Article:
WAKEFIELD, WILLIAM A


Fig. 1. Photograph of William A. Wakefield in 1909, a United States Chief Coiner.

Copyright © 2011-2016 John N. Lupia III


            William A Wakefield was born in California in 1864. He became a professional gambler in the Old West. He traveled from one place to another looking for high stake games. During the late 1890's he took an interest in the mining camps in Colorado where he worked for a while. As chance would have it he took a three year break from that business traveling in Colorado and Kansas, which we shall get to later, and returned to California looking for work. In the 1908 City Directory of San Francisco on page 1792 he is listed living at 22 O'Farrell Street, and is working as a carpenter. 

Fig. 2. Photograph of William A. Wakefield in 1909, a United States Chief Coiner, seen here wearing stylish apparel and hat.

            By 1909 he was working as a clerk. He entered the employment of  a certain Tom Crow of San Francisco in the fashionable suburbs of Marysville. Together with Fred Foster these three men became partners as unofficial coiners of the United States Mint at San Francisco. Another man was the fence for the counterfeit coins at Sacramento and another at Chico, California. Two women were also accomplices passing bad money in San Francisco. When the bust came it was estimated to be the largest counterfeiting gang ever in the history of the State of California. Apparently they counterfeited bogus quarter eagles or $5 gold pieces.

Fig. 3. William A. Wakefield (1864-1935) Arrest Record in San Francisco, April 27, 1909, San Francisco Police Department Identification Card. Courtesy Lupia Numismatic Library.

Fig. 4. Reverse of the  Arrest Record File Card of William A. Wakefield (1864-1935), San Francisco, April 27, 1909, San Francisco Police Department Identification Card. Courtesy Lupia Numismatic Library. You can be the next owner by visiting NumismaticMall.Com Mall Stores where you will find it available in The Coin Shop.  <https://sites.google.com/a/numismaticmall.com/www/home/the-coin-shop?pli=1>

Fig. 5. The full length photograph of William A. Wakefield in 1909, a United States Chief Coiner, seen here wearing stylish apparel and hat. California State Archives, Sacramento, California.

Fig. 6. William A. Wakefield in 1909. He was released from Fort Leavenworth Penitentiary on February 25, 1916. California State Archives, Sacramento, California.

            According to the U. S. Census, 1910 at Kickapoo, Kansas, he was serving time in the United States Penitentiary at Fort Leavenworth. According to his prison record he was serving his second term, known in layman's terms as a two-time-loser. He was previously arrested and served time in Colorado under the assumed name of William W. Elliott, and was transferred to Fort Leavenworth Penitentiary.  Wakefield claimed in 1909 he was arrested in Denver as a counterfeiter but was not in possession of any moulds to make bogus coins. However, the 1899 reports state he was in possession of moulds to counterfeit U. S. coins. He was released in 1901 from Fort Leavenworth Penitentiary, only to return eight years later.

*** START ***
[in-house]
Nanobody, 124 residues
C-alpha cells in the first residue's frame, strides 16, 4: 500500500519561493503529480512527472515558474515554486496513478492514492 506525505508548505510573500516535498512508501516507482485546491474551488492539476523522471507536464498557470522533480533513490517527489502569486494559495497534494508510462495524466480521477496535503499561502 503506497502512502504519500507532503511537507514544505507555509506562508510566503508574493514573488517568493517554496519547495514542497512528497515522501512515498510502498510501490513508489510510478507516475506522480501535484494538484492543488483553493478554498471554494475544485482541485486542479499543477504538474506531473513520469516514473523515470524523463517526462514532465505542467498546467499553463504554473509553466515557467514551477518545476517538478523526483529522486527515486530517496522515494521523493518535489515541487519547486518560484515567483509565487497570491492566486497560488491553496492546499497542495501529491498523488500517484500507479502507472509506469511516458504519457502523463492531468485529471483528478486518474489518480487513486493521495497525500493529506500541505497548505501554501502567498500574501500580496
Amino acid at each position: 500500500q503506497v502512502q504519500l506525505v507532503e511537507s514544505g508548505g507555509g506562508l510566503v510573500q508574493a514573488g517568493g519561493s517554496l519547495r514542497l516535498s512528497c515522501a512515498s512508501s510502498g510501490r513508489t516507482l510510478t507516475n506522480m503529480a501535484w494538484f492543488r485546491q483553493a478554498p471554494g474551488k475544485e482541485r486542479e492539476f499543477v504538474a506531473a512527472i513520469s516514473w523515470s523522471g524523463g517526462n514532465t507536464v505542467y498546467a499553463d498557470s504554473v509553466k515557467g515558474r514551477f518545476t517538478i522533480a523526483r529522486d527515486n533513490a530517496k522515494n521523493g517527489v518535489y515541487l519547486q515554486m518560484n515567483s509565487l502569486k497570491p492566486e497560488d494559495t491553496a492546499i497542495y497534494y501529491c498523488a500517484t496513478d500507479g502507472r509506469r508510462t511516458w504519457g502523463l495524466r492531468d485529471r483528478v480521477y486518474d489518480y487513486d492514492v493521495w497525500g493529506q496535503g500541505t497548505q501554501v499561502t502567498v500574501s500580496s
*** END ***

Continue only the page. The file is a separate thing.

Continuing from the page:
Fig. 7. Denver Rocky Mountain News, Saturday, April 15, 1899, page 6. William A. Wakefield, alias William W. Elliott was arrested for possession of counterfeiting moulds at Pueblo, Colorado. He was first indicted on counterfeiting charges in May 1897. He fled to Moab, Utah where he uttered bogus coins. Months later he returned to Colorado and established a small counterfeiting gang which led to his arrest. He served time at Leavenworth only to be found after his release to be a repeat offender.

Fig. 8. Oakland Tribune, Wednesday, April 28, 1909, page 1. An early report of the counterfeiting gang at San Francisco with $700 in counterfeit coins  taken at their arrest.

Fig. 9. San Bernardino County Sun, Thursday, April 29, 1909, page 1. The counterfeiting gang is now expanded to consist of at least six members, four whom are arrested, two under investigation.

Fig. 10. San Francisco Call, April 30, 1909, page 5. Arrest of Laura Kirk, here erroneously called Lola Cook together with Jake Holmes, members of the counterfeiting gang, were taken prisoners at Oroville, California, by Special Agent Joseph Nye.

Fig. 11. San Francisco Chronicle, Tuesday, May 4, 1909, page 20. Laura Kirk, a minor from Salt Lake City, (here called Lola Kirk) was defended by the Salvation Army.


Fig. 12. Oakland Tribune, Friday, July 9, 1909, pages 13 and 17. William A. Wakefield sentenced to ten years at San Quentin Prison for counterfeiting. He wept and then fainted when the Judge passed sentence.

Fig. 13. A mean and angry hardened look on the face of William A. Wakefield in 1916. He was released from Fort Leavenworth Penitentiary on February 25, 1916. California State Archives, Sacramento, California.

Wakefield died on May 4, 1935 at Los Angeles, California.


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